Brian Wood's grand saga "Northlanders," set in the Viking Age, comes to an end with this month's "Northlanders" #50. Bringing to a close his 9-part "Icelandic Trilogy" with art by Danijel Zezelj and colors by Dave McCraig, Wood delivers the same monumental and yet incredibly relatable stories he has brought throughout this series and it's a loss to readers everywhere that is has all come to an end.
Beyond the superb writing and exceptional rotating cast of artists that worked on "Northlanders," the real brilliance was Wood's creation of 50 issues of an ongoing comic that tied together thematically while still breaking up into short easily consumable standalone stories. This made getting on board easier for fans and also allowed a greater exploration of ideas, places, times and characters than had Wood married himself to a specific cast.
While the "Icelandic Trilogy" is not my favorite of Wood's "Northlanders" stories (that honor likely goes to the nearly perfect "The Plague Widow" arc) it's a well-chosen end to this series as it perfectly highlights all the themes we've seen throughout "Northlanders."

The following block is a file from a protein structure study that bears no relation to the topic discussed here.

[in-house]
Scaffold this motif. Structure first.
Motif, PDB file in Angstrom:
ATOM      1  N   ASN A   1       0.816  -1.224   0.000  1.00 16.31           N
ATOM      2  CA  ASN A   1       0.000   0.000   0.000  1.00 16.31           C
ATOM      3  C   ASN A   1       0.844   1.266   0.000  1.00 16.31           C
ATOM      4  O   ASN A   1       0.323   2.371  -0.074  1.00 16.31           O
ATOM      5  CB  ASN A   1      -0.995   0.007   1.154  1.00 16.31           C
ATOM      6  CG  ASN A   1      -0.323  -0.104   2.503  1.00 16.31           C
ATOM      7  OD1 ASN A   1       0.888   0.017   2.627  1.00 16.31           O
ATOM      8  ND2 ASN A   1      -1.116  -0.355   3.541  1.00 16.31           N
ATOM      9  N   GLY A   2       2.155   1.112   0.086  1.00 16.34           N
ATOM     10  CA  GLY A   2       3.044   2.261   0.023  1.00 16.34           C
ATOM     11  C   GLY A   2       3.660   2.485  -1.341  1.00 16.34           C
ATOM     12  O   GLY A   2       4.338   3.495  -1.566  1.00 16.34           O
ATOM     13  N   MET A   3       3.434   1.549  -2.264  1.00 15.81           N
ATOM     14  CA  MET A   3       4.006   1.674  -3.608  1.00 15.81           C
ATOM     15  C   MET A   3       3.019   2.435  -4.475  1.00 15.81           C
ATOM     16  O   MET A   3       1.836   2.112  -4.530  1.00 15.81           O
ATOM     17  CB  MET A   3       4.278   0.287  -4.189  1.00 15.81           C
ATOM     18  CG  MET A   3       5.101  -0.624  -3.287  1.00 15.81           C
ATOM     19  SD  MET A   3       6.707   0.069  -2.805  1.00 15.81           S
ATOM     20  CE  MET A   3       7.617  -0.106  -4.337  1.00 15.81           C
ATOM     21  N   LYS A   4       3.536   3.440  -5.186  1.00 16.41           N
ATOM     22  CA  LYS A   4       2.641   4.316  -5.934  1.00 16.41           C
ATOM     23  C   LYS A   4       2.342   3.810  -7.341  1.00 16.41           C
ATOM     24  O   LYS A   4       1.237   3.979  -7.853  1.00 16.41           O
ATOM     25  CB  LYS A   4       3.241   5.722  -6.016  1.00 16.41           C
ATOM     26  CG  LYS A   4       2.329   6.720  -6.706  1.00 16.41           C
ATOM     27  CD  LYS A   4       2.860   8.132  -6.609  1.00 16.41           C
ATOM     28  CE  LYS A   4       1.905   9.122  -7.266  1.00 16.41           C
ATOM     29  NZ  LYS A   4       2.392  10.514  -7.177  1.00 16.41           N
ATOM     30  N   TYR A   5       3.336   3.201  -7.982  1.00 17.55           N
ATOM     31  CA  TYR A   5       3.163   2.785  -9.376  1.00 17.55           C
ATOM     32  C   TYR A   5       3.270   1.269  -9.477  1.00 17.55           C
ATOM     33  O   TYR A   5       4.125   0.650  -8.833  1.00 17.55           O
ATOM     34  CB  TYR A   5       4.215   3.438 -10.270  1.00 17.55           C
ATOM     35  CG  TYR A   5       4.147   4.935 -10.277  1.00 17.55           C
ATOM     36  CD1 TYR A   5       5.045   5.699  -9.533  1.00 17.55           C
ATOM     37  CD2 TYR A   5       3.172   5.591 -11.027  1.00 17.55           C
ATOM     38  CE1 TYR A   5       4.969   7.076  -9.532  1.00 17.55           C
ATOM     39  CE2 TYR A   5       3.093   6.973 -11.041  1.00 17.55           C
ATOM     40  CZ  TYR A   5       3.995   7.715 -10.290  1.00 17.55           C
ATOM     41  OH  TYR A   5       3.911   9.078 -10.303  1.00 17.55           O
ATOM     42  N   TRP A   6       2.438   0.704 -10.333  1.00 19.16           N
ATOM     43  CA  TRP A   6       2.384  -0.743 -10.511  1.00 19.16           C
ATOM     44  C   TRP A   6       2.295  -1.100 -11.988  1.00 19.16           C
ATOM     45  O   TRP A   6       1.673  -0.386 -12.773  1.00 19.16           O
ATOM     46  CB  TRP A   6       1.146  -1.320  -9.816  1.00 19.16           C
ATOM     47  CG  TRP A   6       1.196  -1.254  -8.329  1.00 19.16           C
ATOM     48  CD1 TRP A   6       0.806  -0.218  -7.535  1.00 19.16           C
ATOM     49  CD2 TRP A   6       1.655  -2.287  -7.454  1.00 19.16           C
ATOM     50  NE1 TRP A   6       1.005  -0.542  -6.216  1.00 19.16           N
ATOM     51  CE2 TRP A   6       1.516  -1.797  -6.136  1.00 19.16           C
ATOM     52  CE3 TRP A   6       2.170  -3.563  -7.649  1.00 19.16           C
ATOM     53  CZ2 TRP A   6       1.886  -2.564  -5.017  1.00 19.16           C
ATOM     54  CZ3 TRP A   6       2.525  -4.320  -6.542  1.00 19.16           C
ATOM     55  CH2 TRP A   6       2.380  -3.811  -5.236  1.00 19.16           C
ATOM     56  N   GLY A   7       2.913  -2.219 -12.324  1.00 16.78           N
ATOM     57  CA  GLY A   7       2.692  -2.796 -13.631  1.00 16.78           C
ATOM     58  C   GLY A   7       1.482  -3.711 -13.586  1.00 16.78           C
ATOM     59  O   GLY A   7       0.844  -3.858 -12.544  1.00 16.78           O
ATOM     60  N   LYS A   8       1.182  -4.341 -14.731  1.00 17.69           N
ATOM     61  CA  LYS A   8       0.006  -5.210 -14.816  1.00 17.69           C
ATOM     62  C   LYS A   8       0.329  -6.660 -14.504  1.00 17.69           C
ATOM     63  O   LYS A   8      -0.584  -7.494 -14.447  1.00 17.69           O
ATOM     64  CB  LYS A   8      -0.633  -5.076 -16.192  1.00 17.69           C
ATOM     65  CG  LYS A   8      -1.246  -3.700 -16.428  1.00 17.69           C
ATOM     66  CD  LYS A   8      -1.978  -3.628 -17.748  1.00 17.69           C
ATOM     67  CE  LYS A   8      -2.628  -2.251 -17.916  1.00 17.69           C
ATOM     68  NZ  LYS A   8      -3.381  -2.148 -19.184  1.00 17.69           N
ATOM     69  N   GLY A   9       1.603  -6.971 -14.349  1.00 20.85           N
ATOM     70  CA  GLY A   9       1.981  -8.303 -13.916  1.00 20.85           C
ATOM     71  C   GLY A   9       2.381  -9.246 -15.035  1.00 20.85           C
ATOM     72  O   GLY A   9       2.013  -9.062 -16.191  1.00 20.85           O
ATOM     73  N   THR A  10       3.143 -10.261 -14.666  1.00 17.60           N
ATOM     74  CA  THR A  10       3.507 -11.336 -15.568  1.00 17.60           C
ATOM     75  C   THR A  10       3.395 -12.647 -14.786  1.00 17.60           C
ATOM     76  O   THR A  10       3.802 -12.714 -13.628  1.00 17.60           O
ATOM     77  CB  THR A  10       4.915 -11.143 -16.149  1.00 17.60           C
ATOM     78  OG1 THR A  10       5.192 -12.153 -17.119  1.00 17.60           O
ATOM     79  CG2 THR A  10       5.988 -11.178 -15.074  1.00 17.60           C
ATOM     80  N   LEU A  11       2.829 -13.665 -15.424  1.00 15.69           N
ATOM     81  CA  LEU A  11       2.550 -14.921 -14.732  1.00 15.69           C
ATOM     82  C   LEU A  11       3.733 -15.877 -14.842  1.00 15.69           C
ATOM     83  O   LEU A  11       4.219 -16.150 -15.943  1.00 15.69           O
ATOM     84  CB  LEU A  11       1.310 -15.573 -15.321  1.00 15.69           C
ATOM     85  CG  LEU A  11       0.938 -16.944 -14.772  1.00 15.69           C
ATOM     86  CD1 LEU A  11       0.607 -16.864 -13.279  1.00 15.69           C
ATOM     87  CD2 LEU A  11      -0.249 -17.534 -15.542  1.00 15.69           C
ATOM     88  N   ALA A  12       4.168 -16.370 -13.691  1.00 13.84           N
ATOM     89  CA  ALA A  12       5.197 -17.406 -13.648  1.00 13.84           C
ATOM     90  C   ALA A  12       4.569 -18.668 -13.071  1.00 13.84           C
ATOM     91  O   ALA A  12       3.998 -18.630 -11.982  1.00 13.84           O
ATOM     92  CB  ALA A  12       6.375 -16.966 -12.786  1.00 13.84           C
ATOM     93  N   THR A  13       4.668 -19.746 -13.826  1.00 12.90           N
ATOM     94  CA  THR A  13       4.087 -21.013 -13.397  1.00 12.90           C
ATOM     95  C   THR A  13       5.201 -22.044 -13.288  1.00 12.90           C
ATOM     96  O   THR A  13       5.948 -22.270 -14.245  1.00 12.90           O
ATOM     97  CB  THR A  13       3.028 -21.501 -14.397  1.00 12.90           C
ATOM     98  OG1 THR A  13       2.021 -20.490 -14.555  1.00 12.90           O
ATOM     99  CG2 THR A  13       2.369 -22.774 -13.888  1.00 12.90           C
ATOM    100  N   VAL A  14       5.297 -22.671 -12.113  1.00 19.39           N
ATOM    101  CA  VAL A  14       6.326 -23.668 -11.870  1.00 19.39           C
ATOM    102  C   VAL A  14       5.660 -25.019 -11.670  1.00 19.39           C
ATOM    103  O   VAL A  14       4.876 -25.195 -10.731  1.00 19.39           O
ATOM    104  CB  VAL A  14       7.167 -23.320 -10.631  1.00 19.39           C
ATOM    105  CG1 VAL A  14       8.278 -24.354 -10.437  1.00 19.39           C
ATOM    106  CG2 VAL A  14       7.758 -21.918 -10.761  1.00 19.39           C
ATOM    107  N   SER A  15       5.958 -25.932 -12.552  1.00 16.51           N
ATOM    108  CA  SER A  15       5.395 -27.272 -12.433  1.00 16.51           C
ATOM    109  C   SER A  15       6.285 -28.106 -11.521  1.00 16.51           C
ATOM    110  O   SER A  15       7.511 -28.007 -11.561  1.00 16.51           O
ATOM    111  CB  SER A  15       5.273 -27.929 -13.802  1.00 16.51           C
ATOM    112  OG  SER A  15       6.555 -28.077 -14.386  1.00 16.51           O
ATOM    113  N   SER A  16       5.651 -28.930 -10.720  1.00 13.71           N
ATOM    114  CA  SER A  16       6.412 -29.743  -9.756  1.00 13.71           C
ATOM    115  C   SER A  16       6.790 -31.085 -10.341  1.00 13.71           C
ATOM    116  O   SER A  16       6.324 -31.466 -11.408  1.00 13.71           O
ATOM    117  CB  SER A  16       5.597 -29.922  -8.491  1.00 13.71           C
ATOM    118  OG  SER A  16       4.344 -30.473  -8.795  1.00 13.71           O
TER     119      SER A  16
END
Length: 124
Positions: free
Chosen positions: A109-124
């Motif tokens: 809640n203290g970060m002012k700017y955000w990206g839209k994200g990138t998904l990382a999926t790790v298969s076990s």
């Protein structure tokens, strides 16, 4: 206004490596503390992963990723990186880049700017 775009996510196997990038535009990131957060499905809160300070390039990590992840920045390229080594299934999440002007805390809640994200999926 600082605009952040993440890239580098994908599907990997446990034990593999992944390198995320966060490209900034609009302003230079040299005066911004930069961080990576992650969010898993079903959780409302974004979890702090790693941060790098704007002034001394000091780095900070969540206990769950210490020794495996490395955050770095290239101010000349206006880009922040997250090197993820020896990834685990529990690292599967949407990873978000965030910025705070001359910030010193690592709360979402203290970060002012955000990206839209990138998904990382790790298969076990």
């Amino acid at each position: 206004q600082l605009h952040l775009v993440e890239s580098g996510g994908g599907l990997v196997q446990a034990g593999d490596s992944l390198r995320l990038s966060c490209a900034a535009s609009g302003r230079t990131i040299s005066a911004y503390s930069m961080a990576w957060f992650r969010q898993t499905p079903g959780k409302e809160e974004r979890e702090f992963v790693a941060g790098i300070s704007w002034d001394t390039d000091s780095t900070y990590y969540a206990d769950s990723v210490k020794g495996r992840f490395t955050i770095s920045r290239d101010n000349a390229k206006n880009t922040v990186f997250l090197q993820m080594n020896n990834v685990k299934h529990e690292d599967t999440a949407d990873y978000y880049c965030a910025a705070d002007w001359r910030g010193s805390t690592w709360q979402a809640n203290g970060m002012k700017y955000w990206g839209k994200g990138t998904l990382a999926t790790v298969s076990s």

Easily my favorite quality of Wood as a writer is his ability to capture both the innately human scale and the innately epic scale, contrasting them against one another to a more powerful whole. Never am I more engaged in a human drama than when placed on an epic scale and never is an epic more emotionally resonant than when given a relatable and falliable human voice -- and never have those qualities been on better display than in his "Northlanders" series.
Wood's final words in the last pages of this last issue can easily be extrapolated out well beyond the literal:
"Kings and Queens may come and go, wars fought, famines and pestilence and only god knows what else may strike this land. But you cannot tell me that any man, Hauksson or otherwise will still not yearn to live as we did upon its shores."
These words can be taken so many ways, but coming as they do at the end of an excellent run of a quality series I cannot help but see those words as a comment on the state of comics. It's both a beautiful and sad sentiment, and one that is all too true. Perhaps it's a bit overdramatic for comics commentary since it's intended to be a more literal comment about life and death and everything in between, but I cannot help but nod to myself in agreement with the words on all levels.